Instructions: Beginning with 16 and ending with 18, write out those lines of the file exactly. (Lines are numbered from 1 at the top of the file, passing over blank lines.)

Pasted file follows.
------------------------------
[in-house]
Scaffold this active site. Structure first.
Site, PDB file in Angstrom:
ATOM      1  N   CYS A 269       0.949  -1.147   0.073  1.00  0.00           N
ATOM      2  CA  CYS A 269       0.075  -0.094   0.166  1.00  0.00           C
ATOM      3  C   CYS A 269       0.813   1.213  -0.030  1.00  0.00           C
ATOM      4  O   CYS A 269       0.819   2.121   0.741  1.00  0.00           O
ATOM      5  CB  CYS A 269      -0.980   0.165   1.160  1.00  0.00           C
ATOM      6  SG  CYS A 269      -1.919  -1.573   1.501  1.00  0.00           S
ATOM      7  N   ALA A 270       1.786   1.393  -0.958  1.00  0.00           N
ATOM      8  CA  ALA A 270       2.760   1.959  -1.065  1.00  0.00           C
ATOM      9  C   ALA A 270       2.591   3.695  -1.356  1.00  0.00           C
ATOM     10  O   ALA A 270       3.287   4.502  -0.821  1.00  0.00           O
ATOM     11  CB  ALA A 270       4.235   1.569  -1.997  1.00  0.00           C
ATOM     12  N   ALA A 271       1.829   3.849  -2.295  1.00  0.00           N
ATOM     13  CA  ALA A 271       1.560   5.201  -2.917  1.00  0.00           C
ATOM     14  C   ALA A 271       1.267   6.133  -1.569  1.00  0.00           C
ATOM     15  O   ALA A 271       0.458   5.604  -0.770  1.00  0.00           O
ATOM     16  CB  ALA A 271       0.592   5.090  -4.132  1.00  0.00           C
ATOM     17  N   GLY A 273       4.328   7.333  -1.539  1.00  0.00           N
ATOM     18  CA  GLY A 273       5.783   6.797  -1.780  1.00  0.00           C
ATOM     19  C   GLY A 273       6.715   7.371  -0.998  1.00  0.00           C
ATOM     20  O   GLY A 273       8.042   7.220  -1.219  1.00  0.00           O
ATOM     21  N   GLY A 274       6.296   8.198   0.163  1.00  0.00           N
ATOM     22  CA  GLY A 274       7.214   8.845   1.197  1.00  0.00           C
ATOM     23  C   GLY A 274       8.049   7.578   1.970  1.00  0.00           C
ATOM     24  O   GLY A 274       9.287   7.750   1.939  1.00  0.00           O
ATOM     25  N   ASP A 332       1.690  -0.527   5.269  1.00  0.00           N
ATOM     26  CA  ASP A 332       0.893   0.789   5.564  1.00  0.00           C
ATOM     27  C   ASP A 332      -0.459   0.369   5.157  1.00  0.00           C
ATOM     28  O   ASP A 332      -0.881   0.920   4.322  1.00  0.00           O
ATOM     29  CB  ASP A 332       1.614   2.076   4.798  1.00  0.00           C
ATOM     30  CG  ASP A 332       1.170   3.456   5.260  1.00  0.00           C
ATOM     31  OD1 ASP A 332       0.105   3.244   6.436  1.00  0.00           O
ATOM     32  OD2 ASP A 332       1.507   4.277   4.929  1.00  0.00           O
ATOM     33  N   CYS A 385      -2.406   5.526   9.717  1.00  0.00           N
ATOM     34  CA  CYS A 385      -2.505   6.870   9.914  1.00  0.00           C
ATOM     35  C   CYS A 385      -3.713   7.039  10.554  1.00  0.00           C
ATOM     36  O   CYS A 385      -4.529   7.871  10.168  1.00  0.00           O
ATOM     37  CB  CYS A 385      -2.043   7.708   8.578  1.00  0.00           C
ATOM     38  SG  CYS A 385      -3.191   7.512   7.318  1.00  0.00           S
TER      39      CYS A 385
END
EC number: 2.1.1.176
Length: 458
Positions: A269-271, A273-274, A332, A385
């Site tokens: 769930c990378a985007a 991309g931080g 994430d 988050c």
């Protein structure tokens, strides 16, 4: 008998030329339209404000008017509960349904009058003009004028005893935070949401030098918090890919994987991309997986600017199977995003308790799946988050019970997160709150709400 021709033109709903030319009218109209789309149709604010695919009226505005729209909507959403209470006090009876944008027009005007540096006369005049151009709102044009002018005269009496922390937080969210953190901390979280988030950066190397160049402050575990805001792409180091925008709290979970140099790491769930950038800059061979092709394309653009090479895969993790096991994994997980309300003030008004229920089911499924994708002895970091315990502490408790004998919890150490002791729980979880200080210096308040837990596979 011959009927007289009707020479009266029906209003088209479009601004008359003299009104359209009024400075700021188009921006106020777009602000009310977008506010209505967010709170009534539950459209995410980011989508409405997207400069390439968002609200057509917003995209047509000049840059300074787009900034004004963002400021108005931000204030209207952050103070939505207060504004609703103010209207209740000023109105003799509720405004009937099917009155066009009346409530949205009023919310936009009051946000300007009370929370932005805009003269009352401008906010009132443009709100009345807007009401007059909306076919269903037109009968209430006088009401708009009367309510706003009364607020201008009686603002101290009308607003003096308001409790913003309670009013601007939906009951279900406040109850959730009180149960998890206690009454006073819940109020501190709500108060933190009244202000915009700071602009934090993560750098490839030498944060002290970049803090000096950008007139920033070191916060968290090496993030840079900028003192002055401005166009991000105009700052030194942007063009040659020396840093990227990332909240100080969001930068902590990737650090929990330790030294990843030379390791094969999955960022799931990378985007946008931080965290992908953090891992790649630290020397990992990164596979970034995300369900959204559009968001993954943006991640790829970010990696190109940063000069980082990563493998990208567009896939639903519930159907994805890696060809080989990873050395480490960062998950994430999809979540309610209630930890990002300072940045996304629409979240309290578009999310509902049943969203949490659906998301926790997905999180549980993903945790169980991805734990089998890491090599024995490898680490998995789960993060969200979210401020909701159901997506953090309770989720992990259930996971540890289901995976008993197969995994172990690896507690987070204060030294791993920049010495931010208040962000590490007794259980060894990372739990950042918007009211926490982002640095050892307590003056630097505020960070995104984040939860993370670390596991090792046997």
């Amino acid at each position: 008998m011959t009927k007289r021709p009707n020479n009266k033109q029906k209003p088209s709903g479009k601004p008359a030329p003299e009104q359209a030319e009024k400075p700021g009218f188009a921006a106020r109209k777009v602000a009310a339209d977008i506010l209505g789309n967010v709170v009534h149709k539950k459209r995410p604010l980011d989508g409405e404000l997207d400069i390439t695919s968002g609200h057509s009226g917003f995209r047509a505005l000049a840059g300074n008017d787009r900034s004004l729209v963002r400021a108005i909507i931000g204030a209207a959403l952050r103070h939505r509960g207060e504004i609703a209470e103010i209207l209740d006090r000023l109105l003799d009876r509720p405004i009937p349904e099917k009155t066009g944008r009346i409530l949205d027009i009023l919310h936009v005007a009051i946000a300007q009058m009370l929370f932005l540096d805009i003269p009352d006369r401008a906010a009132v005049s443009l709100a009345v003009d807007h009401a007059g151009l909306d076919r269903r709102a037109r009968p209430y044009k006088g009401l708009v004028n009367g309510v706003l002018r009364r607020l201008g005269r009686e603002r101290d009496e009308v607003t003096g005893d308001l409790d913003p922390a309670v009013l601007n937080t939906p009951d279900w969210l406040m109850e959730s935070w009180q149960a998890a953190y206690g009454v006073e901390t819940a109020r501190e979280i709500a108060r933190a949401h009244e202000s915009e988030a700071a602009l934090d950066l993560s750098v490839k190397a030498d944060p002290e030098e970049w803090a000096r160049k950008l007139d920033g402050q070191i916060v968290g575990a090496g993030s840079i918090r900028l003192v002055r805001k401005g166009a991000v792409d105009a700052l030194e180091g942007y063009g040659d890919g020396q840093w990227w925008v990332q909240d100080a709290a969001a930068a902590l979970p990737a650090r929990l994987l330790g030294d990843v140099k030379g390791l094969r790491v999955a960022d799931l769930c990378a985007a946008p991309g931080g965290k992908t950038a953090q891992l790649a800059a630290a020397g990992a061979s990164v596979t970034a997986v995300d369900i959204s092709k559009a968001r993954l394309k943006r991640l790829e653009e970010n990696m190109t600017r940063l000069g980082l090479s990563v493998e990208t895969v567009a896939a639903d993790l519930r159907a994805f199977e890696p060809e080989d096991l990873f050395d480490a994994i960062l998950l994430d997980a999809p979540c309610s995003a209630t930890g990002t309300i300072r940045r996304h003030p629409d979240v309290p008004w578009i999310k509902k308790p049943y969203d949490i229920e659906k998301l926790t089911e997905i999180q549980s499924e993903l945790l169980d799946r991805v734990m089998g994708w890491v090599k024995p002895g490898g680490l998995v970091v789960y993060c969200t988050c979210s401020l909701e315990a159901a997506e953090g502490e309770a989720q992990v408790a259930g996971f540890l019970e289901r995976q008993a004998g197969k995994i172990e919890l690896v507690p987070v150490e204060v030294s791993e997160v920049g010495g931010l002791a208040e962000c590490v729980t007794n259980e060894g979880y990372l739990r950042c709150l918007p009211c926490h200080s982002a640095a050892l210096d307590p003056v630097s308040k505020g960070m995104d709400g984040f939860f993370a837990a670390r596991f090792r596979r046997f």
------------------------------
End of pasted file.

ATOM     13  CA  ALA A 271       1.560   5.201  -2.917  1.00  0.00           C
ATOM     14  C   ALA A 271       1.267   6.133  -1.569  1.00  0.00           C
ATOM     15  O   ALA A 271       0.458   5.604  -0.770  1.00  0.00           O